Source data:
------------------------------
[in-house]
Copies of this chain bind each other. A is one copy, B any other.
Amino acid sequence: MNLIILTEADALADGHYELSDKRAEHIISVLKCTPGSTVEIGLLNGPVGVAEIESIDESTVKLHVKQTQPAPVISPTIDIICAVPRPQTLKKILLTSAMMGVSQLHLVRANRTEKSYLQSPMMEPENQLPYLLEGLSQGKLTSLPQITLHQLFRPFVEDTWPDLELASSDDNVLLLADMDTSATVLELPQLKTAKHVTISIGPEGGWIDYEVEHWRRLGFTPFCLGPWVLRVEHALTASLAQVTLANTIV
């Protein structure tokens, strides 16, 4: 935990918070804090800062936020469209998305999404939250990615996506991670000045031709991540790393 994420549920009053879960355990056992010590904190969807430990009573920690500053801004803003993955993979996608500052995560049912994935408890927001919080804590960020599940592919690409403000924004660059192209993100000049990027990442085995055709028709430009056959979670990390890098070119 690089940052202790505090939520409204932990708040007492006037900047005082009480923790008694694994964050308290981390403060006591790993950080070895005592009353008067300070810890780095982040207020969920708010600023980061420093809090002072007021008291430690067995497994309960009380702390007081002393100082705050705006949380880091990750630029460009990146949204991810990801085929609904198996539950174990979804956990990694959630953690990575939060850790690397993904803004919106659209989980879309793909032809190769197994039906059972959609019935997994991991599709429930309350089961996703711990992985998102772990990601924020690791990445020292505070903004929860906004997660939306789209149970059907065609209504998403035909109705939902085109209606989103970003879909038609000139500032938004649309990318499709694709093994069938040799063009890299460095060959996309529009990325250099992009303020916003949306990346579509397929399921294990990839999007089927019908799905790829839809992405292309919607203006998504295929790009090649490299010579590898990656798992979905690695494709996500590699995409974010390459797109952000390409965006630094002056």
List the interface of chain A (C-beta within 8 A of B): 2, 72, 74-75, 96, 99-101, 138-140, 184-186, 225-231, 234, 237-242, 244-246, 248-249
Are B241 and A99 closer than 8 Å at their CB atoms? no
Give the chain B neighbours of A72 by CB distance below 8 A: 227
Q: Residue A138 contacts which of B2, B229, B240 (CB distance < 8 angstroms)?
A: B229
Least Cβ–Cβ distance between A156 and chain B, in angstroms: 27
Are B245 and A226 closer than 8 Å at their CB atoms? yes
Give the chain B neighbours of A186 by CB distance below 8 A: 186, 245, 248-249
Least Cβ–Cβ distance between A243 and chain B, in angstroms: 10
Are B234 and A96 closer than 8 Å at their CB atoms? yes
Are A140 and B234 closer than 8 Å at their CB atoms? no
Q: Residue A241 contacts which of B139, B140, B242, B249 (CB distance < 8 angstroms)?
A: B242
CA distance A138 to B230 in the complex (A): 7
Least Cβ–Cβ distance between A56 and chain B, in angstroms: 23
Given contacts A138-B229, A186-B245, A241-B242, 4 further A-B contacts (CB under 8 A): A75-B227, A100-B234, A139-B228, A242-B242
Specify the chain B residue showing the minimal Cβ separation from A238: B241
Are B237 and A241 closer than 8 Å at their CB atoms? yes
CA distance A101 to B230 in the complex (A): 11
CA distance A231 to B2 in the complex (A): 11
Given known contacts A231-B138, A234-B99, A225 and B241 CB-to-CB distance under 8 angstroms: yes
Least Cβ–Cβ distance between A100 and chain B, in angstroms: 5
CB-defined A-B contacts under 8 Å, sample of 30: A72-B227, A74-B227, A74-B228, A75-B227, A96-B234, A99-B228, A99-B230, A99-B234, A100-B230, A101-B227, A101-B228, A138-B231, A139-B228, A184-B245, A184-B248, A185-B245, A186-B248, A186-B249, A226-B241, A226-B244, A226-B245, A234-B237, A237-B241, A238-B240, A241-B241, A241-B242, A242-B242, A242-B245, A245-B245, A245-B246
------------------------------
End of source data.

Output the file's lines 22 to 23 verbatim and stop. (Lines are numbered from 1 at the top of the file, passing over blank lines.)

Are B237 and A241 closer than 8 Å at their CB atoms? yes
CA distance A101 to B230 in the complex (A): 11